See how similar they are? People aren’t being replaced — in fact, these graphs are a little disingenuous as the ‘overall percentage of matching job postings’ includes most job posts on the internet, which are, of course, exploding. The point, however, is that we’re seeing the same general trends in both systems and software engineering. What did people do? They adapted, they translated existing skills into new platforms, they learned new chunks of knowledge to handle what was coming their way.

Why? Think about it — on what hardware Exchange is installed on is irrelevant. The hardware is commodity now. Administering Exchange requires a certain set of skills; before Office 365 and after those skills aren’t dramatically different. Sure, it’s fewer servers to manage, but how many Exchange admins were really managing that enormous Jet database manually anyway? That knowledge and skillset transfers readily.

Software Development Is Next.

There have been pivotal changes in software in the past ten years — virtualization to an extent and (obviously) cloud. Maximizing efficiency of resources and time-to-market agility has made the cloud what it is. We’re in the ‘coarse’ efficiency now — the next five years or so will bring a whole new era of abstraction and efficiency.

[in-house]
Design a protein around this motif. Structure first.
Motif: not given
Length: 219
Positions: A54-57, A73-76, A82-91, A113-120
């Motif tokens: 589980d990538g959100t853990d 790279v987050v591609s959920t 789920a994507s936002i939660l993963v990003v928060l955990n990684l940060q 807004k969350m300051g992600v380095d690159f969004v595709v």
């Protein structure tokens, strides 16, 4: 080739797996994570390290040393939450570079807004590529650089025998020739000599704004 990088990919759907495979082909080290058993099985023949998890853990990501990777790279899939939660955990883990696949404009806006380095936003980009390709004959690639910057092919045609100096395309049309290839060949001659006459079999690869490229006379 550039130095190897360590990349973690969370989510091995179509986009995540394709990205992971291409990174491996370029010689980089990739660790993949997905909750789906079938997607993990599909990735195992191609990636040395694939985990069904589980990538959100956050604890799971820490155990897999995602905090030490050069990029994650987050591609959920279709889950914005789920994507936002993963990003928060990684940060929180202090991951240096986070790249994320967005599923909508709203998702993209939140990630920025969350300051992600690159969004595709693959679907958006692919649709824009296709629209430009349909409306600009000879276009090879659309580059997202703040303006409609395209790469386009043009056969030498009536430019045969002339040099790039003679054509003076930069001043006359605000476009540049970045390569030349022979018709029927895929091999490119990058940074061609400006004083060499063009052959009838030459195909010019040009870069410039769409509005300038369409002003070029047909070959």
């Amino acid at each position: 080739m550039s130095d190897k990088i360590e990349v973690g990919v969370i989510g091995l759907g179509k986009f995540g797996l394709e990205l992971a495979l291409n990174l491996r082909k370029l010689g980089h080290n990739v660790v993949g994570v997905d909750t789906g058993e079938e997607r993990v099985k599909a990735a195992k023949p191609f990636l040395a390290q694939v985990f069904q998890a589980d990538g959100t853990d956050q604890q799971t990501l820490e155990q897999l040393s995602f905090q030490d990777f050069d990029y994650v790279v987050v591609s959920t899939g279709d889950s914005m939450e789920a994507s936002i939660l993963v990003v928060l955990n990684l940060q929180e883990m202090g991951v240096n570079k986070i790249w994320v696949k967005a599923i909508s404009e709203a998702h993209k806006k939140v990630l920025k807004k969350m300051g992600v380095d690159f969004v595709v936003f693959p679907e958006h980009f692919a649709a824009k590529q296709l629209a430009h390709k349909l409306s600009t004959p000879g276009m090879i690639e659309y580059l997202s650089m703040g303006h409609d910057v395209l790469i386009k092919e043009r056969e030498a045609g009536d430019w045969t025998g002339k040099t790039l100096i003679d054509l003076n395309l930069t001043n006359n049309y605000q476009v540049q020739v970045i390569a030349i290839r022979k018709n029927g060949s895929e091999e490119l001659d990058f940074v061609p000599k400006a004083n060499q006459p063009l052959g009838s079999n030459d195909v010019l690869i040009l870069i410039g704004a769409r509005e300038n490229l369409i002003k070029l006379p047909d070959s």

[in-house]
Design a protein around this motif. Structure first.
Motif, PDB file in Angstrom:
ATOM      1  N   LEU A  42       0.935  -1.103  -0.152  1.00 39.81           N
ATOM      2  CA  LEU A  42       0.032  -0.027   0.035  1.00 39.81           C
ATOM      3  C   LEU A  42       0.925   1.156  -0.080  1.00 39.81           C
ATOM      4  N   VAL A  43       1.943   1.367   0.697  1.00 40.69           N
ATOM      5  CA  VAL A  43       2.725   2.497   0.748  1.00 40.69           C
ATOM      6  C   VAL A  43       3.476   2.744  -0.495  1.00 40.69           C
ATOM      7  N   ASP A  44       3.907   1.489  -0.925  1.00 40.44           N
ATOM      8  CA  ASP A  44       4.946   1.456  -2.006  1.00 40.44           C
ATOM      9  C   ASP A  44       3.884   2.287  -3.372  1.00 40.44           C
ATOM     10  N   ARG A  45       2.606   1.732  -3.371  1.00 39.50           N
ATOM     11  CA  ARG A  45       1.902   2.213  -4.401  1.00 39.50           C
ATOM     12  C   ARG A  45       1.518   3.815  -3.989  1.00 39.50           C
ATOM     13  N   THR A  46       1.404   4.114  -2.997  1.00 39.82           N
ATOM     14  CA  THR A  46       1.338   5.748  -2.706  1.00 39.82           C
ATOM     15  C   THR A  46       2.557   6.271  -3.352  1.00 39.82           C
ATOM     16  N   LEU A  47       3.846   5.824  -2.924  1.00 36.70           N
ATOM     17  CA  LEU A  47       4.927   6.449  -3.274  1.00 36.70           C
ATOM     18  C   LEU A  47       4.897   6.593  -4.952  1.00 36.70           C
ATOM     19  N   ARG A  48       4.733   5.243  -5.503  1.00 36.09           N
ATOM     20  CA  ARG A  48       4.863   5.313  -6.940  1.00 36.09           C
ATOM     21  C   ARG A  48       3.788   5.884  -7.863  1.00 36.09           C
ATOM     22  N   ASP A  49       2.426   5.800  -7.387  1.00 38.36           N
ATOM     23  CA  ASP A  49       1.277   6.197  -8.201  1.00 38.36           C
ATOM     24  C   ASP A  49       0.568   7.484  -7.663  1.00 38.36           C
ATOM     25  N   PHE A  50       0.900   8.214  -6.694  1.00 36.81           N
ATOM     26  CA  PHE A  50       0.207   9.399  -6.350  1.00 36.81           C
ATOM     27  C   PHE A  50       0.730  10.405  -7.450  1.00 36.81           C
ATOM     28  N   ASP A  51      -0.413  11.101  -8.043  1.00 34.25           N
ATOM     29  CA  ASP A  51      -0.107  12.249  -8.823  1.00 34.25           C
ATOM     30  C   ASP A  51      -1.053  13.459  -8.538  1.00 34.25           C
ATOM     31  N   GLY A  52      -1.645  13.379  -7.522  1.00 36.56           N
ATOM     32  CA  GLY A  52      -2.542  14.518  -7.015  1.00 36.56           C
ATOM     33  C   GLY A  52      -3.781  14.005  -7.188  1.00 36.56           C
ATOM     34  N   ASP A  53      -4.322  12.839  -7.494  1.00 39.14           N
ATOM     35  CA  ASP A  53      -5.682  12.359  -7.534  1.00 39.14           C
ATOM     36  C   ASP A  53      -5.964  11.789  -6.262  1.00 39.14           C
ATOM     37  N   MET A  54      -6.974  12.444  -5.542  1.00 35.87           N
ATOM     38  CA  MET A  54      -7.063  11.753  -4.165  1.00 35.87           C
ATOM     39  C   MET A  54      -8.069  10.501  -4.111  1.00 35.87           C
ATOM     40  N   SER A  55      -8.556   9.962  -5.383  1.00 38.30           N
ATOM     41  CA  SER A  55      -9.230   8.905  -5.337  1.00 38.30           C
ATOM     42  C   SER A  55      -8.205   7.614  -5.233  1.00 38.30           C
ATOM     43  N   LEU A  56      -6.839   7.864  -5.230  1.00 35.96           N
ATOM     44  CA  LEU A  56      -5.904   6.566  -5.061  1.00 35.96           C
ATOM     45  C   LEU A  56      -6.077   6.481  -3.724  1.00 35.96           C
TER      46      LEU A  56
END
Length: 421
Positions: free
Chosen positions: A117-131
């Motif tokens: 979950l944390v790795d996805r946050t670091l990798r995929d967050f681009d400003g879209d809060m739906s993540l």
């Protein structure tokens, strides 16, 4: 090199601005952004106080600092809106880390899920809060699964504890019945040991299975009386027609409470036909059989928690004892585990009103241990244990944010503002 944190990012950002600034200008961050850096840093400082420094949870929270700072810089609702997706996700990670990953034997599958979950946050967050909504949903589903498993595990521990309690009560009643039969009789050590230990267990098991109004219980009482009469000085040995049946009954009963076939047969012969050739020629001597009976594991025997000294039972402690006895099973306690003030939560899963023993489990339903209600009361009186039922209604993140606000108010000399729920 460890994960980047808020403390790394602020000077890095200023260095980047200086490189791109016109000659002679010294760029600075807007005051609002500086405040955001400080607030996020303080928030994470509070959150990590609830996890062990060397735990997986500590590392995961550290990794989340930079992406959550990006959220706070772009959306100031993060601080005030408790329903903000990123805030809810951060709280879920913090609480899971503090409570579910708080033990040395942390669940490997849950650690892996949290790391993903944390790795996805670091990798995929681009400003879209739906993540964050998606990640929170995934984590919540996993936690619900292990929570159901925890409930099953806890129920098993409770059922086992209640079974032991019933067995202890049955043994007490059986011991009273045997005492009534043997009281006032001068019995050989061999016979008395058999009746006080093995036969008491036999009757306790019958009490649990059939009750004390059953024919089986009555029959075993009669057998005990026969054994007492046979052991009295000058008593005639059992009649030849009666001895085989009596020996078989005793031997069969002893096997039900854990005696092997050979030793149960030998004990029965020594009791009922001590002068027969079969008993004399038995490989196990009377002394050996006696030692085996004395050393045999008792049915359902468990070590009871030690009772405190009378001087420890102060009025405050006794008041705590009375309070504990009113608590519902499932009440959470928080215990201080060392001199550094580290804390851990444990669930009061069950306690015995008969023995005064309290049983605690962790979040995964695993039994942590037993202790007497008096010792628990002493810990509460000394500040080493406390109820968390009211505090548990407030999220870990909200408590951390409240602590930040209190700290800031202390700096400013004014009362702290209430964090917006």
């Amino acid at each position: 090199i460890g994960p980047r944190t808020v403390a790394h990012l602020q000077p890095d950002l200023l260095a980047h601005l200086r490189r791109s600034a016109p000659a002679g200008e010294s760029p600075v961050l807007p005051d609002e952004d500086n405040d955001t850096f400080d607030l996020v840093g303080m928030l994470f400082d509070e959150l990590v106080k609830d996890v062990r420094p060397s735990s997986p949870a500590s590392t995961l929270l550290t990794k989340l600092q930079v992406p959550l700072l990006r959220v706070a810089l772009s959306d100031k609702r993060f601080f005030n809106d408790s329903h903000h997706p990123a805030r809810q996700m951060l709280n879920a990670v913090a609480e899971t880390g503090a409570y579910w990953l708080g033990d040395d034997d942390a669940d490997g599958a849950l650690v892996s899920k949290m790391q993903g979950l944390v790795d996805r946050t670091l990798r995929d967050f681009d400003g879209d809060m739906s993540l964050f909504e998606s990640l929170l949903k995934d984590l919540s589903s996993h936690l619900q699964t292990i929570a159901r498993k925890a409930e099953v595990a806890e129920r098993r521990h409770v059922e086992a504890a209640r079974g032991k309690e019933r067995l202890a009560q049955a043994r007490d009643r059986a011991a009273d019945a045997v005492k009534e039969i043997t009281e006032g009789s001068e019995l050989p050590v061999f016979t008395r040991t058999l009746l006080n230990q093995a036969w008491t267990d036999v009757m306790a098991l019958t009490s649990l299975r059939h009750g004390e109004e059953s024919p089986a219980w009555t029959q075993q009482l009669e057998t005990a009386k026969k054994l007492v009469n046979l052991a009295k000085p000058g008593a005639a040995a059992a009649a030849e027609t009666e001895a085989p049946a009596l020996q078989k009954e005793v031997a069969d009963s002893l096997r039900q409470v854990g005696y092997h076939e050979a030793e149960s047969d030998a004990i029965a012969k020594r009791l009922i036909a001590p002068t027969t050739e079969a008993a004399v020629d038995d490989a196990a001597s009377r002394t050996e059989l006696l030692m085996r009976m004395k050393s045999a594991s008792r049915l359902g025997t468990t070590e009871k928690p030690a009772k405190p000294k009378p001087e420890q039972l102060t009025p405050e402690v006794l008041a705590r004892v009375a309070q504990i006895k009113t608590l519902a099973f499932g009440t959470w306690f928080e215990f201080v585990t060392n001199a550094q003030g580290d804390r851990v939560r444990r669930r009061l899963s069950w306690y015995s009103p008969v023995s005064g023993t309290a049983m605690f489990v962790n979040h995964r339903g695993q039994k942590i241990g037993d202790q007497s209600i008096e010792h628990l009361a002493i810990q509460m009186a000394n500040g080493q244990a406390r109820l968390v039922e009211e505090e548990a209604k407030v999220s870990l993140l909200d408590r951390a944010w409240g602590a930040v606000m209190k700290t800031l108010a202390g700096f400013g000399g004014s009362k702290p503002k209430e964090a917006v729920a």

Anyway — let’s get back to my original issue. Software engineering is already going through some significant changes, but one of the biggest ones speaks directly to my original issue above. At some point, skills become commodity. Is there anyone working in dev today that can’t readily find sample code for connecting to Salesforce.com/Dropbox/Office 365 and make that work for their application? It’s become so commonplace that that’s no longer a ‘special’ skill — in fact, it has been made so repeatable that we can drag a block with an Office logo on it and connect to SharePoint Online data without writing any code.

Who out there is impressed that I wrote a web app that had a nifty sliding progress bar? Anyone? Bueller? Bueller? That’s not impressive anymore. Years ago, when XMLHttpRequest was new, making a web call without a postback was amazing. Mind = blown. Now there are dozens of frameworks that make many, many lines of code boil down to a single line:

$("thing").progressBar();

Are you going to put ‘implemented progressBar’ on your resume? It can sit right next to ‘managed to get both feet into shoes.’ I think not.

Platform Dev vs. Implementers